The only plane I know to have specially suffered from because of design feature was ironically the first Spits, with their assymetric radiator layout - they kept yawing in dives hard. The problem disappeared when they fitted the second radiator, and I am sure there are quite a few others, [QUOTE]

..... I agree.


[QUOTE] BTW at the time that this problem was first ecountered on the much faster 109F and this communque issued (May 1942 or so), the solution was already worked on. That was the simple addition of an enlarged tail unit, tested before the summer of 1942 with the rudder being fitted with a Flettner tab to reduce stickforces, and was being fitted to 109s from 1943 onwards.

..... A succession of larger and taller vertical stabilizers were fitted to the 109 to counteract the ever-greater torque being produced by engines of progressively increasing power.

The asymmetrical lift-producing airfoil of the 109's vertical stabilizer was another means to that end. But at extremely high dive speeds it produced too great a counteracting effect. In fact, there are merits in the use of an asymmetrical vertical stabilizer as a design - it could produce an effect equal to that of a larger rudder and do so with less skin area and profile. Its only real drawback was that at the very high terminal speeds reached in a dive it was too effective.



Which is so generic it applies to all planes...

..... Did you ever hear the story about the scorpion and the frog?

JG14_Josf
05-05-2007, 08:18 AM
..... Did you ever hear the story about the scorpion and the frog?

Do I need to google for it?

luftluuver
05-06-2007, 01:23 PM
There is this race car that pulls to the right up to 100mph. From 100 to 120mph it steers neutral. Over 120 mph it pulls to the left. After an hour of racing, even though the driver knows what the car will do, he is still exhausted. Part of the problem is the steering wheel is not centred at low and especially at high speeds. The driver would like an adjuster device to centre the wheel espially at high speed but the car maker says it is not worth the trouble even though it would make driving the car easier.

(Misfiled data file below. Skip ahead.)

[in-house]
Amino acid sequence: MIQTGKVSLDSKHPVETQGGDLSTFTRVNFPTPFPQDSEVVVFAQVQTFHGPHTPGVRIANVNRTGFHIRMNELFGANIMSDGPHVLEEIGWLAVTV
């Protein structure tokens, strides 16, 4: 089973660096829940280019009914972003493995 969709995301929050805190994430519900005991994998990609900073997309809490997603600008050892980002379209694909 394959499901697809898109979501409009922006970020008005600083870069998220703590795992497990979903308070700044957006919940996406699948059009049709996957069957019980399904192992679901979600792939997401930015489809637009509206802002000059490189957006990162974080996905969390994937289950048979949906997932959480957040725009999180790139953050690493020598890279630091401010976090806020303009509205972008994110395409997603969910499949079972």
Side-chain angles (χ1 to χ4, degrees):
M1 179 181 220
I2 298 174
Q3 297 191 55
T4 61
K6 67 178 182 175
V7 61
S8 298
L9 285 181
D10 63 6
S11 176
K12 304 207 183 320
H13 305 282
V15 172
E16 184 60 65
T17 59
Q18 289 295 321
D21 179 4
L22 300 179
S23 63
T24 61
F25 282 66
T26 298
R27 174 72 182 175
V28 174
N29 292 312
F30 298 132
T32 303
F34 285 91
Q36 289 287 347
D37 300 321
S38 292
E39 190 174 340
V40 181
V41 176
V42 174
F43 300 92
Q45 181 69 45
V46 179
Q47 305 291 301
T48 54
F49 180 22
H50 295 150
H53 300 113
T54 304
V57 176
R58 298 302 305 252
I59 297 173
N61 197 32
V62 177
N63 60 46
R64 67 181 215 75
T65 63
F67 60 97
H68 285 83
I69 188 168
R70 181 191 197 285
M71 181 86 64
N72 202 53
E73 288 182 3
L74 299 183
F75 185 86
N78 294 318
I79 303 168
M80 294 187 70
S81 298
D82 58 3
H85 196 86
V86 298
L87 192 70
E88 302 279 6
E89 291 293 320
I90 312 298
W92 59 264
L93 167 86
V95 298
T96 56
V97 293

AKA_TAGERT
05-06-2007, 01:26 PM
Originally posted by Blutarski2004:
Looks like some new wartime tech intel material has been posted on Lone Sentry. Here are two. There are a few others referring to 109G model and German fuel quality. Very interesting.


http://www.lonesentry.com/articles/ttt07/recent-flying-limits.html

RECENT FLYING LIMITATIONS IMPOSED ON GERMAN AIRCRAFT

--------------------------------------------------------------------------------

An indication of possible reckless or unintelligent flying on the part of GAF pilots may be found in recent instructions, establishing certain restrictions on the operation of various airplanes, issued by the Germany Air Ministry. This was done to reduce the loss of, or damage to, particular planes by overtaxing their capabilities. The particular types covered are the FW-190, the Me series, the He-177, and the Ju-88.

The maximum permissible operating speed for the FW-190 have been reduced from 466 mph at all heights to the following:

Up to 10,000 ft - 466 mph
From 10,000 ft to 16,500 ft - 428 mph
From 16,500 ft to 26,250 ft - 360 mph


These speeds are to be marked on the air speed indicators in each aircraft and are only permissible with strengthened elevators. Aileron corrections at high speeds must remain within moderate limits.